Buildings are set to become more than just places we inhabit, work in or visit. With the rise of ‘smart buildings’, our traditional bricks and mortar buildings are poised to learn from our actions to help us become more productive and efficient.
So what exactly do we mean by ‘smart buildings’?
Smart buildings are structures that harness smart technology, including IoT and machine learning. At a basic level, smart buildings can automatically control internal operations such as heating, ventilation, lighting and security amongst other things. What makes a building truly smart though is how it uses sensors embedded in the myriad of systems throughout the building to collect huge amounts of behavioural data. Using machine learning, this data can be analysed in real-time to create a two-way conversation between the space and its inhabitants. A smart building is aware of the users’ presence and moulds itself to their preferences.
Importantly, unlike a building that simply integrates IoT devices, smart buildings are equipped to develop, learn and adapt over time to ensure the smart solution is always relevant to its inhabitants. Take an integrated digital ceiling for example, one that can sense the presence of the people in the room and from that manage the temperature, air ventilation and even let other colleagues know the room is in use. The creation of a smart building means integrating individual intelligent elements, collecting data from them and repurposing it to make a building more productive.
Ultimately, it is about the culture and needs of the building’s users – smart infrastructure is designed to interact with the people who spend every day there. The infrastructure and networks are meaningless unless you can make it do things for people.
So now we know what smart buildings actually mean, let’s take a look in more detail around how they can teach us to be more productive and improve efficiency.
One of the biggest shifts in business seen over the last few years has been the move away from traditional 9 to 5 working structures towards a more flexible, personal way of working. Companies are now, rightly, increasingly concerned with employee welfare and how they engage with their working space. People are conducting business differently to how they used to, and technology can help optimise this.
Within a smart building, its inhabitants become smart and are able to explore and evolve new ways of working, boosting their productivity and creativity as the building moulds itself to provide the optimal environment to support their goals; from enabling users to find free space to work, whether that be a desk, meeting room or quiet space where they can concentrate, or find colleagues while navigating complex campuses.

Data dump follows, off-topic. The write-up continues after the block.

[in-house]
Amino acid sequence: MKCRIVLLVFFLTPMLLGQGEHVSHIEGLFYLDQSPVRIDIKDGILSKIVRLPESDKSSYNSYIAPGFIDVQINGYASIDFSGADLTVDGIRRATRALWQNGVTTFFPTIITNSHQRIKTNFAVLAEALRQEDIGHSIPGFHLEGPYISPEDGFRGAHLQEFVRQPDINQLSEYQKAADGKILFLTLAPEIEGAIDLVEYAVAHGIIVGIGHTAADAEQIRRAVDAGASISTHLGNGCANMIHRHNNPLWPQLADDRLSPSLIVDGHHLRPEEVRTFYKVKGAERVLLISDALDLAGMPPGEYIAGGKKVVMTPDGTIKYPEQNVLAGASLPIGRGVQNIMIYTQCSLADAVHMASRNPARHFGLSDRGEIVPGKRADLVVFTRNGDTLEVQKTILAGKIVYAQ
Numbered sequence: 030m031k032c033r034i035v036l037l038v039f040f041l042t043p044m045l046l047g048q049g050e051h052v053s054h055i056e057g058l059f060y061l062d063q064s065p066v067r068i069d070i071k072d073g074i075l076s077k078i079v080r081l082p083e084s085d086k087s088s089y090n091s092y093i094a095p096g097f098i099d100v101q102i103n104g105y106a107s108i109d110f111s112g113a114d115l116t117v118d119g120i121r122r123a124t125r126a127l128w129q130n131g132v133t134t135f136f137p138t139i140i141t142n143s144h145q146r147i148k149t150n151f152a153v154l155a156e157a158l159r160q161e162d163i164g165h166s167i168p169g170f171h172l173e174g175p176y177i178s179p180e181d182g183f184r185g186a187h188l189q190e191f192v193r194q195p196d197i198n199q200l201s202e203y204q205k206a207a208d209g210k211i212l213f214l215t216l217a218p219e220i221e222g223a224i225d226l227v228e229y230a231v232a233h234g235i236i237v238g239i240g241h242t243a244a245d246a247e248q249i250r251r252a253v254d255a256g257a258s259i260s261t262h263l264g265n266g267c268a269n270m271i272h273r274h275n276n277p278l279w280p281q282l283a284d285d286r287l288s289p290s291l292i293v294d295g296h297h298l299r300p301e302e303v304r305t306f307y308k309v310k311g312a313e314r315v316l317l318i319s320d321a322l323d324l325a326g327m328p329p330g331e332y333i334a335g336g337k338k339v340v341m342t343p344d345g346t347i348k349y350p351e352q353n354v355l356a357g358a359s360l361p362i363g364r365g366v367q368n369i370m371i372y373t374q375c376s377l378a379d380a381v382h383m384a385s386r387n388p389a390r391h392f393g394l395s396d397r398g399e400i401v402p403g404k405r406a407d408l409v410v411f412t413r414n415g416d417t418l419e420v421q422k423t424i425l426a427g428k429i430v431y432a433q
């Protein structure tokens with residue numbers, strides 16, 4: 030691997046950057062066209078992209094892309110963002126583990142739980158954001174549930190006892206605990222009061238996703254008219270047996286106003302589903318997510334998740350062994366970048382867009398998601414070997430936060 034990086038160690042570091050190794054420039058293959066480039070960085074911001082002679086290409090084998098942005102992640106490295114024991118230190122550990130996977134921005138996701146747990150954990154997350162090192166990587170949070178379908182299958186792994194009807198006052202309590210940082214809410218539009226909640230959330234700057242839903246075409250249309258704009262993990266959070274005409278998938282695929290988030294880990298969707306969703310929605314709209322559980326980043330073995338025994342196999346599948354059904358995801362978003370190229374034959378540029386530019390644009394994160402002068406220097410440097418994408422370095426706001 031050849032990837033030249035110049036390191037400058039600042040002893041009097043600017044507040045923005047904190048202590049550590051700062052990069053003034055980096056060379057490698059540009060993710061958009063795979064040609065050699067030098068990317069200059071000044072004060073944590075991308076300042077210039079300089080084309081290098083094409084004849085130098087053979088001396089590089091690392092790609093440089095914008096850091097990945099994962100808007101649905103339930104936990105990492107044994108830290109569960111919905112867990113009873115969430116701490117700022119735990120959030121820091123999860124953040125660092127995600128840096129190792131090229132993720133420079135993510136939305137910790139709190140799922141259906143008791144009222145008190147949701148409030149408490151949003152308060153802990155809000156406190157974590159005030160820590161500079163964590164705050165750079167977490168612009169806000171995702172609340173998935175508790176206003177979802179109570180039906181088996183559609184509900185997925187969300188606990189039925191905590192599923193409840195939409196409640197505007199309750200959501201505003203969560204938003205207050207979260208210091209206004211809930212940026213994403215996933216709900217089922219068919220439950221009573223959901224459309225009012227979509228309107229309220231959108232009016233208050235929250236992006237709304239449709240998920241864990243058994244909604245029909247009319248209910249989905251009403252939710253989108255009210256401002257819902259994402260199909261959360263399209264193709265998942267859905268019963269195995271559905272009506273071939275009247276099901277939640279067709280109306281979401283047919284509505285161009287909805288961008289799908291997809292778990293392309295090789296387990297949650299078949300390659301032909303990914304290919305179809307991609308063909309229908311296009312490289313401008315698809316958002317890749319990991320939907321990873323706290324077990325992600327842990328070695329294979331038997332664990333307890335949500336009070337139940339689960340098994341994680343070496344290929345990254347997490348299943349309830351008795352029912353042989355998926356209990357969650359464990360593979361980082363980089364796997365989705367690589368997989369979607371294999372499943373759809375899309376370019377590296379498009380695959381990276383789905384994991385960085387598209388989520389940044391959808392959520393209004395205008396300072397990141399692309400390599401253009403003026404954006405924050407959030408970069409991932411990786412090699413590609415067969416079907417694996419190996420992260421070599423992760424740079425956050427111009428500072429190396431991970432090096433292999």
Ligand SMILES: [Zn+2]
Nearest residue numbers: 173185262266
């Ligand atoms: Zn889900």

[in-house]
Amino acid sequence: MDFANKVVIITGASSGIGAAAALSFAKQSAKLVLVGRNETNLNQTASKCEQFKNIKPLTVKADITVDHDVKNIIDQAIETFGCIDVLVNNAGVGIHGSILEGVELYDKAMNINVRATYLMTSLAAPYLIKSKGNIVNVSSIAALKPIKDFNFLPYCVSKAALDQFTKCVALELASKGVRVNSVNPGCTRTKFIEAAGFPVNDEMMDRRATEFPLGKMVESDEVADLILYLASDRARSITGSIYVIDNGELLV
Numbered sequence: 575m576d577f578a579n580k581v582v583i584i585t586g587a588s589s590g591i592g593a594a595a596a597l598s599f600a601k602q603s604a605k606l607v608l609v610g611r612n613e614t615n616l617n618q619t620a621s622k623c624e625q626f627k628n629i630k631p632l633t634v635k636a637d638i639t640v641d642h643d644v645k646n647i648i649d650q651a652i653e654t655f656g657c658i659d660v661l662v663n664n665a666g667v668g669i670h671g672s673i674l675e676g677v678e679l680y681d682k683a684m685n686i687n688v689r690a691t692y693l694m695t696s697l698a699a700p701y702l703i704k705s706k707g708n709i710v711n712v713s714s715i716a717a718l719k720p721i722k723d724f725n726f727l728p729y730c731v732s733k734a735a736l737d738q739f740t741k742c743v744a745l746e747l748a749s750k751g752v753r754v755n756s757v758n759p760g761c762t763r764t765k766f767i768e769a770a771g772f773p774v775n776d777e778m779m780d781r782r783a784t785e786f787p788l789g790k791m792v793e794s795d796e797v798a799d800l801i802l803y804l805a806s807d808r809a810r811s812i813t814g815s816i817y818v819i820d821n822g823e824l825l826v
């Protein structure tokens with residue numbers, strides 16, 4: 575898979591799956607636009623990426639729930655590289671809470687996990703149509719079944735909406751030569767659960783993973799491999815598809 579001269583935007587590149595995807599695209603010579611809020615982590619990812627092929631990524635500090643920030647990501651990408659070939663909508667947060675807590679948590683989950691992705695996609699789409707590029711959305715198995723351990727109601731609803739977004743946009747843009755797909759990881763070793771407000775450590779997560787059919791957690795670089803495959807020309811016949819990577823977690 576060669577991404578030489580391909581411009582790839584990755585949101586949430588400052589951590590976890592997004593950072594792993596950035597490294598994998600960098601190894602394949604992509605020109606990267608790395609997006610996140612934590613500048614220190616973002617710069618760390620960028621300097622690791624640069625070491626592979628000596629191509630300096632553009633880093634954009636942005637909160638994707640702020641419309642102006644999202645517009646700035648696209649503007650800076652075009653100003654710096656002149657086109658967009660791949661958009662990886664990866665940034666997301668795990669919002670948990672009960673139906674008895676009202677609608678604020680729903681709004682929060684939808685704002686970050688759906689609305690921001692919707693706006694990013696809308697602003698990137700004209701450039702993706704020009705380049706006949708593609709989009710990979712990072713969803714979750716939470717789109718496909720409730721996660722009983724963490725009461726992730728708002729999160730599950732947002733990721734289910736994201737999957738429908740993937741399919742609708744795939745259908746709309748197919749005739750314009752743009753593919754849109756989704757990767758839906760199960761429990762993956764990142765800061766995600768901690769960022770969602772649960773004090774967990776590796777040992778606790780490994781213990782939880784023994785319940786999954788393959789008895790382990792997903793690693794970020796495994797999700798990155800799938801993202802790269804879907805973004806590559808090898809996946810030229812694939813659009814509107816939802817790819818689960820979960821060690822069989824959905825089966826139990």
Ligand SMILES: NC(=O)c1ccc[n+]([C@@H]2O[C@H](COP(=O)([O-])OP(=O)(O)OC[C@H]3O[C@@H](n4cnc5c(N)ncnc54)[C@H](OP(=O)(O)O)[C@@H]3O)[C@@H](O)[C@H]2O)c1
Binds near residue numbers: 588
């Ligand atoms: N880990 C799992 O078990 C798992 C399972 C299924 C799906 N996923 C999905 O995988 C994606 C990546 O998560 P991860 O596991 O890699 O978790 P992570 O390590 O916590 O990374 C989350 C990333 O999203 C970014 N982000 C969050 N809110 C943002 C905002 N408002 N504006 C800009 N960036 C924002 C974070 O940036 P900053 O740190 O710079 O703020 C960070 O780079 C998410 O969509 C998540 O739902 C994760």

One of the most significant benefits associated with smart buildings is energy optimisation. For most commercial buildings, energy use is the most substantial operating expense. On average, approximately one-third of a typical operating budget is spent on energy consumption. To increase a building’s efficiency, the occupant must have active control of its conditions. To remain energy efficient, they must monitor usage to ensure that consumption is adequate at all times. A smart building is designed to increase efficiency regardless of external or internal structure conditions.
Sensors used in smart buildings can gauge a facility’s technical performance and activates maintenance procedures in the event of equipment malfunction even before an alert is triggered. This makes it is possible to track the parts and systems in your smart building to detect and immediately repair any malfunctions. In the event that an error message is sent, the system collects data that will help to determine the reasons for the malfunction. Depending on your platform, the system can also be programmed to automatically adapt to any problem by managing the remaining components.
Additionally, monitoring machinery and equipment allows for more efficient management of equipment lifecycle. As a result, you can replace equipment when it becomes too costly or when it reaches the end of its service life.
There’s no denying that the smart building revolution is gaining momentum, as the technology behind them becomes more sophisticated and more prevalent. Bringing IoT solutions to life is becoming easier and more achievable for every organisation. Microsoft is leading the charge and have recently committed to investing $5 billion in IoT solutions over the next 4 years. In this time frame we expect to see IoT solutions becoming yet more sophisticated still. Rigorous security and clear policies on how building operators and other entities can use the data will also be key to the mass adoption of smart building technology.
To discover how an IoT solution actually works, click here
Alternatively, to see how a smart building solution could work for your organisation, watch the video below.
Posted by Helen Thomas